Report: Carroll's cost of living 10 percent lower than nation
The cost to live in Carroll County is nearly 10 percent lower than the national average, according to the Carroll Area Development Corporation and The Council for Community and Economic Research.
Carroll County’s Cost of Living Index for the third quarter of 2012 stood at 90.2. An index of 100 is average.
The index is based on six factors – housing, utilities, grocery items, transportation, health care and miscellaneous goods and services. Carroll Area Development Corporation staff collects prices of 60 goods and services each quarter.
The corporation released the figures and an accompanying report Tuesday at a noon meeting at the Carrollton Centre. It will use the data in recruiting more business to the Carroll area and encouraging existing businesses to maintain or expand operations here.
The Cost of Living Index measures regional differences in the cost of consumer goods and services, excluding taxes and non‐consumer expenditures. It is the most reliable source of city-to-city comparisons of key consumer costs available anywhere, local officials said.
Cost-of-living data is recognized by the U.S. Census Bureau, U.S. Bureau of Labor Statistics, CNN Money, and the President’s Council of Economic Advisors.
New to the Cost of Living Index is the Small Cities Program, which allows cities smaller than 50,000 population the ability to participate.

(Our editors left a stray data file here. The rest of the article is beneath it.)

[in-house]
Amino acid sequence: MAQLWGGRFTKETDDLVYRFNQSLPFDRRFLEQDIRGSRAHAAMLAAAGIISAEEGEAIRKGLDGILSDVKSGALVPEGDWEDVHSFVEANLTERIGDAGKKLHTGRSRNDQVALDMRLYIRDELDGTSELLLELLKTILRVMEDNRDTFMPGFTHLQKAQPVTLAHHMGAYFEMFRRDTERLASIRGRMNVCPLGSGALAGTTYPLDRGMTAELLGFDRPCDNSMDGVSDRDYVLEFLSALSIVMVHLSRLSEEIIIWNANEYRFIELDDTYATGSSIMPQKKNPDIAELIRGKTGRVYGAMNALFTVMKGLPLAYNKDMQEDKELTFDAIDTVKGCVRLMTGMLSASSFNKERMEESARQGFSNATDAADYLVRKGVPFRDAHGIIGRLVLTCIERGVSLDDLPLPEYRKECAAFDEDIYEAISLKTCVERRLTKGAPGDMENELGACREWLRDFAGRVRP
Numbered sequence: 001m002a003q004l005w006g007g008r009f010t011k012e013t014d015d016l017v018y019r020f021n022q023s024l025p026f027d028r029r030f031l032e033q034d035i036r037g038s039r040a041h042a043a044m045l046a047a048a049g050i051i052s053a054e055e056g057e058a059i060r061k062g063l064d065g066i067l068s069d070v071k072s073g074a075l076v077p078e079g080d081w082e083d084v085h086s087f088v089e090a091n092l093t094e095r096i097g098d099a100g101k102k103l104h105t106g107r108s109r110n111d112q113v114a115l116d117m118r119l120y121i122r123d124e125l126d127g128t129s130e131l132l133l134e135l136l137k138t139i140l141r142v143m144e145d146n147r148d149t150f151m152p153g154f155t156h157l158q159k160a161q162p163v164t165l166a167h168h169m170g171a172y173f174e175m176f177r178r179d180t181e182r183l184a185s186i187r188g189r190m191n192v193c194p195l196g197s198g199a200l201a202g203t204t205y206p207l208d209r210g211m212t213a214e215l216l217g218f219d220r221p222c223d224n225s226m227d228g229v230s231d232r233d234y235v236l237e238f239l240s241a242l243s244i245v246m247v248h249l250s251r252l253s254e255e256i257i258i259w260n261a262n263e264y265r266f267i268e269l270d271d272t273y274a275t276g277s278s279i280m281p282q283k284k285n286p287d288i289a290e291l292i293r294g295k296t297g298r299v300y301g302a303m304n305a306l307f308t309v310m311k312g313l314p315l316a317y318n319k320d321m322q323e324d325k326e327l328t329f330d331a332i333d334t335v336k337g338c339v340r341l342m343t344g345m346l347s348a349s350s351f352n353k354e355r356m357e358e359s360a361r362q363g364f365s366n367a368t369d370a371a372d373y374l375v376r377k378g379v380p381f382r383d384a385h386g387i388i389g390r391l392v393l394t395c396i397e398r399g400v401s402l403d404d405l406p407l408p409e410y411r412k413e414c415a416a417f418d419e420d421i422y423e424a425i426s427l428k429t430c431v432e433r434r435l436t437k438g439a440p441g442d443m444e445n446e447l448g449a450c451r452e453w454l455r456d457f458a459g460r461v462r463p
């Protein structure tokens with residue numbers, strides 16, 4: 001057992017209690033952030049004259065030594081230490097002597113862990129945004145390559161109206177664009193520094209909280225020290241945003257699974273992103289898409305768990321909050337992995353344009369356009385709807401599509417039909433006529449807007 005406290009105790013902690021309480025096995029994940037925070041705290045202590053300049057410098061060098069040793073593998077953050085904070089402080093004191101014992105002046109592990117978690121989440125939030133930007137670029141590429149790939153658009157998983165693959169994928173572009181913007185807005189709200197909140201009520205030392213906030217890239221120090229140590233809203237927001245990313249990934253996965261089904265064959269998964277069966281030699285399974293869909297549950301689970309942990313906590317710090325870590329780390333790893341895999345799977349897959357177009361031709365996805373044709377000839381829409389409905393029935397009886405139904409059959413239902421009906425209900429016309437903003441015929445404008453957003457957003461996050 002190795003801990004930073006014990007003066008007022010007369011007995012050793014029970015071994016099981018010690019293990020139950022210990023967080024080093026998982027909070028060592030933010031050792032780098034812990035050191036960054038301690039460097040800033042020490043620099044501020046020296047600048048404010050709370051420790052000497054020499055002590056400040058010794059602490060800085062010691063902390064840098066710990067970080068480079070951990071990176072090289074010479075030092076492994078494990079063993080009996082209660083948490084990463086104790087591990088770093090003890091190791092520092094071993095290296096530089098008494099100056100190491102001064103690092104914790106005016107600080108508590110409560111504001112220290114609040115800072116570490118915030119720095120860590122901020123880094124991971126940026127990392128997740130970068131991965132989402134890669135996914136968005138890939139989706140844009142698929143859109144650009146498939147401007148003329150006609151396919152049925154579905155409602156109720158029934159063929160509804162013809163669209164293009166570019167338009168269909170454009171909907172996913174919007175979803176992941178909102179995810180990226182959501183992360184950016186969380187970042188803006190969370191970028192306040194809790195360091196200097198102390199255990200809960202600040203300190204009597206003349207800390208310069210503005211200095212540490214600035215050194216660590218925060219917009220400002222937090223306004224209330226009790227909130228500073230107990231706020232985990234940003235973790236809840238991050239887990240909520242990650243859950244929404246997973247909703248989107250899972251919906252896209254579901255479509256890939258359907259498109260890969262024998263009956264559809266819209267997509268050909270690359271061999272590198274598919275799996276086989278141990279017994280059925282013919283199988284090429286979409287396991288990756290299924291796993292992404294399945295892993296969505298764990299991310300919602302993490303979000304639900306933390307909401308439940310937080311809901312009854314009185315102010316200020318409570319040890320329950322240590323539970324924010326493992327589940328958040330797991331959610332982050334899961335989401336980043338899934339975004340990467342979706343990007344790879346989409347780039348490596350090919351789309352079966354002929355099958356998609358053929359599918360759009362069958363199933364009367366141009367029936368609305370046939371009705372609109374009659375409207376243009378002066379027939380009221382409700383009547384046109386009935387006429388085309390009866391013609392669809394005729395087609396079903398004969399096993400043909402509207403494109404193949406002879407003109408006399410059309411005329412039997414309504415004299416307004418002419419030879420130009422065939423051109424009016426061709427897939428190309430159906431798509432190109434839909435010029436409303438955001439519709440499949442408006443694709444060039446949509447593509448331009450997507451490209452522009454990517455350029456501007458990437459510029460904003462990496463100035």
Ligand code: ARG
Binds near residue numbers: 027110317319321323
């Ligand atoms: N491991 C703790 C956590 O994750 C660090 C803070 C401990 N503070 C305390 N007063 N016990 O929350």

“We have been looking for a reliable way to report this data for many years,” said Jim Gossett, executive director for the development corporation.
Carroll County’s Cost of Living Index is fourth-lowest of 14 small communities in the pilot program.
“We are often asked how Carroll County’s cost of living compares to other areas of the country,” Gossett said. “This is a credible way to represent the benefits of living and working in Carroll County.”
Among the 304 urban areas that participated in the 3rd quarter 2012 Cost of Living Index, the most expensive urban area was the Manhattan borough of New York with an index of 220.6. The least expensive urban area was Harlingen, Texas, with an index of 79.5.
Other rates were as follows: Des Moines, 90.8; Omaha, Neb., 89.4; Kansas City, 100.2; Chicago, 118.6; Denver, 105.1; and Minneapolis, 110.8.
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